Men review – Alex Garland’s rural retreat into toxic masculinity | Horror films


Aall men really are the same in this body-horror fairy tale from Alex Garland, the writer-director behind adventurous sci-fi oddities Ex-Machina and Annihilation. The emotional weight lent by Jessie Buckley (who single-handedly saved Iain Reid’s equally surreal flawed 2020 screen adaptation I’m thinking of ending things), it’s a fun, twisted affair – not as deep as she seems to think, perhaps, but with enough squishy metaphorical slime to ensure that her musings on textbook male characteristics are rarely boring, and sometimes deliciously disgusting.

Buckley is Harper, the survivor of an abusive relationship whose partner, James (Paapa Essiedu), tried to trick her into taking responsibility for her own urban self-destruction (“you’ll have to live with this on your conscience”). Today she escaped to green surroundings for a fortnight in ‘the country house of dreams’ – with the emphasis on ‘dreaming’. From the oversaturated palette of Rob Hardy’s cinematography (fields so green they glow, flowers that burst into purple blues) to the gory interiors of chocolate boxes conjured up by production designer Mark Digby and set designer Michelle Day, we’re in a world of big bad wolves (that fireside ax will come in handy) and poison apples. “Forbidden Fruit” Says Rental House Owner Geoffrey, a Toothy Tim Nice-But-Dim Character Who Harper Significantly Describes as “A Very Specific Character type”.

The same could be said of all the men she meets in her rural retreat, the condescending vicar who fiddles with her knee while sarcastically blaming her for her guilt-ridden predicament (“the men do sometimes hit women”) to the local police officer who rolls his eyes when Harper gets upset about being terrorized by a naked stalker. Basically, all of these men are played by a single actor, as Rory Kinnear deftly shifts between identities, variously donning the stereotypical capes of his gender. Imagine a Minimalist One-Man Production by Neil LaBute In the company of menbut with a stickier gloop.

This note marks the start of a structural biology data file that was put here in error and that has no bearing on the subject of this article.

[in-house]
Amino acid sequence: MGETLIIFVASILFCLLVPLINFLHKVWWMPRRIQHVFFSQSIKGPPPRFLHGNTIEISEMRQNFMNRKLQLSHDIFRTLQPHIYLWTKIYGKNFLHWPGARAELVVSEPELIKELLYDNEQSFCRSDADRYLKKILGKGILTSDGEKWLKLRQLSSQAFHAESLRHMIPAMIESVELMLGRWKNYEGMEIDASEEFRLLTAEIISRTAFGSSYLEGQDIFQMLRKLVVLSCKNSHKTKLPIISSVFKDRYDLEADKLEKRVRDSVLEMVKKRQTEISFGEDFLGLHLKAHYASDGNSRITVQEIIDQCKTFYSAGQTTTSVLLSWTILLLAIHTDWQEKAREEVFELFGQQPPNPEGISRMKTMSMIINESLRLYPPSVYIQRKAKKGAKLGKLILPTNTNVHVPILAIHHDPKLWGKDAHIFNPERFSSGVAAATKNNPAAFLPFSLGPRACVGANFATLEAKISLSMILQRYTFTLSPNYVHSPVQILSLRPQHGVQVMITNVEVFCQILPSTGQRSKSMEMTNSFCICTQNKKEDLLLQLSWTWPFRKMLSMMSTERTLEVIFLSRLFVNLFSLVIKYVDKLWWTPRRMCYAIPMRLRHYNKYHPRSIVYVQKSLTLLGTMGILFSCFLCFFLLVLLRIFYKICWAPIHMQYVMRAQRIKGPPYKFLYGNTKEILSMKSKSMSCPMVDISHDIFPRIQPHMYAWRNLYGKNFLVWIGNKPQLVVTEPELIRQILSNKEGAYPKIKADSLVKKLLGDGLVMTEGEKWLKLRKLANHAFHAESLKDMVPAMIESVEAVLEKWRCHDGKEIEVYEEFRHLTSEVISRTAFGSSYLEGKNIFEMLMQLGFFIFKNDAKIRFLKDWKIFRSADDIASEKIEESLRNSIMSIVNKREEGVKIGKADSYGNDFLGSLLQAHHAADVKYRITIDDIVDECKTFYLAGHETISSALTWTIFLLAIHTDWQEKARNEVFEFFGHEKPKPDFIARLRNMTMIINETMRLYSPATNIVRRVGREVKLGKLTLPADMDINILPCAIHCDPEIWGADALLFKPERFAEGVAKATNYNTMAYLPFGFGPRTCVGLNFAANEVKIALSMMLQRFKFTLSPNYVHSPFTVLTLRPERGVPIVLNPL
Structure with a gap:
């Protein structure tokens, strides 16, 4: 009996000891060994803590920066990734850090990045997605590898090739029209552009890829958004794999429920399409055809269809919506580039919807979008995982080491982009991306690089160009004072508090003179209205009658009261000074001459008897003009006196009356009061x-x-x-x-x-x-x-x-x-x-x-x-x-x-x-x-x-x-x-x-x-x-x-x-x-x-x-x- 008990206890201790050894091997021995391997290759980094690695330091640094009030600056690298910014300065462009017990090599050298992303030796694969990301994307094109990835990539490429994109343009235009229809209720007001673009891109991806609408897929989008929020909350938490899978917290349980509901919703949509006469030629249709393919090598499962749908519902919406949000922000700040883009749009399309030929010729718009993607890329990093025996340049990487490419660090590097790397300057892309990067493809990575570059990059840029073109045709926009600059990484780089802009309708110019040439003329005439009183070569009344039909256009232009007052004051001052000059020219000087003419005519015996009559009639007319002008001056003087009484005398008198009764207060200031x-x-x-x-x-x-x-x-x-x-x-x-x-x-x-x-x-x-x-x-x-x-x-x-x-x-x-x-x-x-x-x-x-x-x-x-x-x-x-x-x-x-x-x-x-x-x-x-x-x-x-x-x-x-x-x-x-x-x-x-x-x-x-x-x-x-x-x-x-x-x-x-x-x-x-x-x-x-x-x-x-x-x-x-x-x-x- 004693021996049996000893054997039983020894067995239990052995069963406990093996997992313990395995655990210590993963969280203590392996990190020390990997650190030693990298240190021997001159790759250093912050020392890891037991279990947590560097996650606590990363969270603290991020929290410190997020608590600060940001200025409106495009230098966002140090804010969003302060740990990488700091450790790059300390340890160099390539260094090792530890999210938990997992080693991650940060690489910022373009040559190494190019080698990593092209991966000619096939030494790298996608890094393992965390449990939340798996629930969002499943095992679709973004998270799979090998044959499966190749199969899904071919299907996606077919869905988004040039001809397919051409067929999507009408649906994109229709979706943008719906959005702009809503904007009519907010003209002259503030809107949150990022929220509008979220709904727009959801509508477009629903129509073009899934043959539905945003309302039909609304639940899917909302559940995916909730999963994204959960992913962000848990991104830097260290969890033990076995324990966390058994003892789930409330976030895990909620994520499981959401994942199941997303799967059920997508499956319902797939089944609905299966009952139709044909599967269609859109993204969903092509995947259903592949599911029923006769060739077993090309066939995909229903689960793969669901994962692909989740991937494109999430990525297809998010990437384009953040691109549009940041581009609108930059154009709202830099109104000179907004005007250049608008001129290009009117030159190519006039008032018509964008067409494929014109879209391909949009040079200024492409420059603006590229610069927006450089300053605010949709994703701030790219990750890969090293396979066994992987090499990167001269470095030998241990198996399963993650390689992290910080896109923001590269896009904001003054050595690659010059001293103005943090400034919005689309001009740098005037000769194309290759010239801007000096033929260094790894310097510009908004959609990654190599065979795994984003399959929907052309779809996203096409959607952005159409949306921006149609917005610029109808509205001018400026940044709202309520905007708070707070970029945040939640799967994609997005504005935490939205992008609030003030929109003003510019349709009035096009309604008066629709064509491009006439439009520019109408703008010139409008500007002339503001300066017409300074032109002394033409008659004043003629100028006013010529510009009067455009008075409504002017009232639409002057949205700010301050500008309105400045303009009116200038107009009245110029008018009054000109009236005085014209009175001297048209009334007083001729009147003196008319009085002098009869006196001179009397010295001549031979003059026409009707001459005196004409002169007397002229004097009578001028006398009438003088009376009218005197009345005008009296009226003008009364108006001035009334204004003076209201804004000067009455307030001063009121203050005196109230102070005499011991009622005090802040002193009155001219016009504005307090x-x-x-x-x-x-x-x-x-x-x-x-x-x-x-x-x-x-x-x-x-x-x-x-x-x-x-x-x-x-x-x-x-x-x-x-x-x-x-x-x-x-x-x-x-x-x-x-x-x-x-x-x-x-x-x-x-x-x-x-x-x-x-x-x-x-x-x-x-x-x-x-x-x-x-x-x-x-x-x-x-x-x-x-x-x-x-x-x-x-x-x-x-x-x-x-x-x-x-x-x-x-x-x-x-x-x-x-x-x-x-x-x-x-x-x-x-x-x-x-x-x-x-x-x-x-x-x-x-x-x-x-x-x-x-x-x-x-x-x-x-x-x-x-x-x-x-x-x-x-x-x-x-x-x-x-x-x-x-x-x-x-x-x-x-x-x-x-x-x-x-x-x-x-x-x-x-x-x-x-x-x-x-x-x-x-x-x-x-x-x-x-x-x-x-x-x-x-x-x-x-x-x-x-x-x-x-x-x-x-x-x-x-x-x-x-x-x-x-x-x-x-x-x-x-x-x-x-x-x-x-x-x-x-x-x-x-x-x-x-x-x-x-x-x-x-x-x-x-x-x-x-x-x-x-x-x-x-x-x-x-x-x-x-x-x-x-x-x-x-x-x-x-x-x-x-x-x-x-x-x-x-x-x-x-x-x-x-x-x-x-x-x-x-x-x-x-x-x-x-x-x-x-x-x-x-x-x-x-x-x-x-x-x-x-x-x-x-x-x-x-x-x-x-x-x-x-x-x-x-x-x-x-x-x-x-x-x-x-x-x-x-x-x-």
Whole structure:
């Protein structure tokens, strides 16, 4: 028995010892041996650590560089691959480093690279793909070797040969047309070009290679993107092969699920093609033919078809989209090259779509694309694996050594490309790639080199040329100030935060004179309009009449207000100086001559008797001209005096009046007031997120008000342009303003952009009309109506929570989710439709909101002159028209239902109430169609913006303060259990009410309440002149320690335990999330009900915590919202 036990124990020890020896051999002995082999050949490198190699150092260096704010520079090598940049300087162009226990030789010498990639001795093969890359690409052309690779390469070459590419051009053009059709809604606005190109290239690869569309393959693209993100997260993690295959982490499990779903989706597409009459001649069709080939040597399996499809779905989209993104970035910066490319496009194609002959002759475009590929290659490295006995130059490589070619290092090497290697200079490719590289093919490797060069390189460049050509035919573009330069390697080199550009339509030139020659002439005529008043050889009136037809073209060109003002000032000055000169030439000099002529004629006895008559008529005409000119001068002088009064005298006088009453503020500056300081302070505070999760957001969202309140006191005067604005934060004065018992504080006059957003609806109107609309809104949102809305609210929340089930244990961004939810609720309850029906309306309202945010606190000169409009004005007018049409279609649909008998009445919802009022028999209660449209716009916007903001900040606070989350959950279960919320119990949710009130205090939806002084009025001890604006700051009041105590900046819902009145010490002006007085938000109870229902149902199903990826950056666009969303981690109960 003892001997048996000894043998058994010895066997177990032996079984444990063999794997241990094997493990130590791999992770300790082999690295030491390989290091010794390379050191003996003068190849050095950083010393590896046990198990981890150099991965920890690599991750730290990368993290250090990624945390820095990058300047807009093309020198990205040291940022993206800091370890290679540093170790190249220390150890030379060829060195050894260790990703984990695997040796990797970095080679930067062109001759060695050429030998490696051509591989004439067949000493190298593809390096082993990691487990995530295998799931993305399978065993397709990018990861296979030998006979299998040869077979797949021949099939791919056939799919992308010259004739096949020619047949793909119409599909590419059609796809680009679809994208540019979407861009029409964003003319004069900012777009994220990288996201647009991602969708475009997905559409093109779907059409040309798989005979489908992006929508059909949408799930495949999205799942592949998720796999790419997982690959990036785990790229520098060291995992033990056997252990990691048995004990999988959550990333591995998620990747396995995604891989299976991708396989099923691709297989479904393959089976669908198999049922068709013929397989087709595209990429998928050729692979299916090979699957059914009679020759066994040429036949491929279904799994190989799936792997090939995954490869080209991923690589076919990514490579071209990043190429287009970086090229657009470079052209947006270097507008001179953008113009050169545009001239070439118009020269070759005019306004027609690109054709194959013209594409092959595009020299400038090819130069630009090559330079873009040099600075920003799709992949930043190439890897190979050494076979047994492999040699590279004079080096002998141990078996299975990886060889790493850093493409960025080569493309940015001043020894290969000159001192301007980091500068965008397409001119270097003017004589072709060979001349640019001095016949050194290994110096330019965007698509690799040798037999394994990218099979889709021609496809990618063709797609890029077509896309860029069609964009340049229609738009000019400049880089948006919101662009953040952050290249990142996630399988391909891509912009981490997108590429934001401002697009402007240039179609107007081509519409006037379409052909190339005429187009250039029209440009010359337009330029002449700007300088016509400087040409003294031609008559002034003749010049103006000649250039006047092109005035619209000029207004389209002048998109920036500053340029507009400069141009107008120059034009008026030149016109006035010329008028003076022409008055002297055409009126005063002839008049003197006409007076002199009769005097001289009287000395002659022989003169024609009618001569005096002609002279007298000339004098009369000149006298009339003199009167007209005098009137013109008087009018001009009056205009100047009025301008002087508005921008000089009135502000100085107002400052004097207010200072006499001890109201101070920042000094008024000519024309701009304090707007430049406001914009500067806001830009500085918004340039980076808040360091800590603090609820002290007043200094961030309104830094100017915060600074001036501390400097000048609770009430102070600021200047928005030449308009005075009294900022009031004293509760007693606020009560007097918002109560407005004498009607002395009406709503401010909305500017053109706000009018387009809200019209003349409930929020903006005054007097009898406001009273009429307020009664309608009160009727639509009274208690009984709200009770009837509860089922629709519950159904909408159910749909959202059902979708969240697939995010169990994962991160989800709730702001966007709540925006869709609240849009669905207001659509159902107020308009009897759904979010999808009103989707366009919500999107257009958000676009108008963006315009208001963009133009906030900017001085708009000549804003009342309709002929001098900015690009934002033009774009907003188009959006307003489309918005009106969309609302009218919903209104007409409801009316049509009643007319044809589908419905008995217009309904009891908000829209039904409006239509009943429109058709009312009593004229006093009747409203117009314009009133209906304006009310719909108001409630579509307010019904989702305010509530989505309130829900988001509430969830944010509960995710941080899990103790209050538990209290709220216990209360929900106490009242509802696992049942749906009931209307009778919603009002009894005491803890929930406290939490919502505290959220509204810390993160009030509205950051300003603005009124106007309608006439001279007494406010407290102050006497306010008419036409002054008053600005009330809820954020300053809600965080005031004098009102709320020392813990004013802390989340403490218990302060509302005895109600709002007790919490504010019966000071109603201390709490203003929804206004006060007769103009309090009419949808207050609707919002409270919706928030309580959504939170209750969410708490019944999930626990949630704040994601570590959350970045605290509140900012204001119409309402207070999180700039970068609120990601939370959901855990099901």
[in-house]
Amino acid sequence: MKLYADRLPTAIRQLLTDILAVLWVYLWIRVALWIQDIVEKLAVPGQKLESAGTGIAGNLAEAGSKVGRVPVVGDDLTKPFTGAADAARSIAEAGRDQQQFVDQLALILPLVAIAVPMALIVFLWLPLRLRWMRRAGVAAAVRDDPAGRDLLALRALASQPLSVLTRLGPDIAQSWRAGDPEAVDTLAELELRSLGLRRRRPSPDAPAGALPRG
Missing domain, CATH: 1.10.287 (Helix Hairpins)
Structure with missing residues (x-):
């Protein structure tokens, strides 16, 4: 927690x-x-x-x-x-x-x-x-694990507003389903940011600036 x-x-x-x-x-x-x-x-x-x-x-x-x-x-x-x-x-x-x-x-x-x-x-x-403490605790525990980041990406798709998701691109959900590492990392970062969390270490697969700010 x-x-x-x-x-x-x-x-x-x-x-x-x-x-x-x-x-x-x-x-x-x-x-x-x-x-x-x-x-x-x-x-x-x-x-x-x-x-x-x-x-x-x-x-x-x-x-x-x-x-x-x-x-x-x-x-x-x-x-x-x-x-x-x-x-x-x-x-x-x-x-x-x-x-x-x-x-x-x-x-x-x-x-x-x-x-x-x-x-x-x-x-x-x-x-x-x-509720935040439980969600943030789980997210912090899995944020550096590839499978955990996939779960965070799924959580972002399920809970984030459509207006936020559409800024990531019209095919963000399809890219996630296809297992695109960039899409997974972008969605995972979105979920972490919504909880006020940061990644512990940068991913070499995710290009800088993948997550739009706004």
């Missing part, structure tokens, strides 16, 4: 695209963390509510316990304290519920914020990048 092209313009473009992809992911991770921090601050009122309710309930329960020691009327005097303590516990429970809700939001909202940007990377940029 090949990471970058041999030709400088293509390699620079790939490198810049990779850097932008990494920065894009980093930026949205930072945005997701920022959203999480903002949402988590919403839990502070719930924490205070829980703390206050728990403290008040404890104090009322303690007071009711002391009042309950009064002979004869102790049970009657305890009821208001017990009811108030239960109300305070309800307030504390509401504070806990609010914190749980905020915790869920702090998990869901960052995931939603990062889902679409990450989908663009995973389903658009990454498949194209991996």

The fact that Harper never acknowledges the similarities between these male characters signals this is a device — a dramatic ploy that some audiences might not even notice at first, but one that makes perfect emotional sense. I remembered the animated oddity of Charlie Kaufman and Duke Johnson Anomalised, in which the central character is beset by “Fregoli’s illusion”: that everyone (except the titular Lisa) is the same person – endowed with the same puppet face and voiced by the same actor, Tom Noonan. Here, the uniformity of the male characters and their traits (selfish, controlling, condescending, predatory) is presented as both a universal truth and a personal reaction. It’s the world as seen through Harper’s eyes, shaped by her experiences and memories – fantastical, perhaps, but still cradling an essential truth.

There is a strong thread of Wicker Man-folk horror style in MenVisions of the Green Man screaming from a church’s baptismal font and rampaging through fields and gardens, and masked children whose childish taunts are both silly and frightening. By some strange (entirely accidental, but thematically serendipitous) coincidence, there are also odd echoes of John Wyndham’s current female-centric Sky TV adaptation. Midwich Cuckoo Clockswith the supernaturally isolated village in which Harper finds herself trapped resembling a cross between Edgar Wright’s Midwich, Summerisle and Sandford Warm fuzz.

And then there is the straw dogs-third-act inflected siege, in which Garland throws caution to the wind and dives deep into the plasma pool of Cronenbergian horror, as regurgitated masculinity births itself in an orgy of physical mutation. It’s a fun finale that’s directly reminiscent of Brian Yuzna’s spectacular body maneuvers. Companyor, perhaps more pertinently, Neil Jordan’s lupine transformations The company of wolvesadapted by co-writer Angela Carter from her own short story collection The Bloody Room.

A choral score by Ben Salisbury and Geoff Barrow beautifully bridges the gap between the film’s modern British pastoral setting and timeless Euro-Gothic thrills, with human voices and unearthly noises dancing around earthly soundscapes that seem to be both internal and external – real and imaginary. It may not be subtle, but it’s endearing and off-balance, and serves as a timely reminder that the plastic realities of fantasy and horror remain a hearty primal soup for the cinema of ideas.


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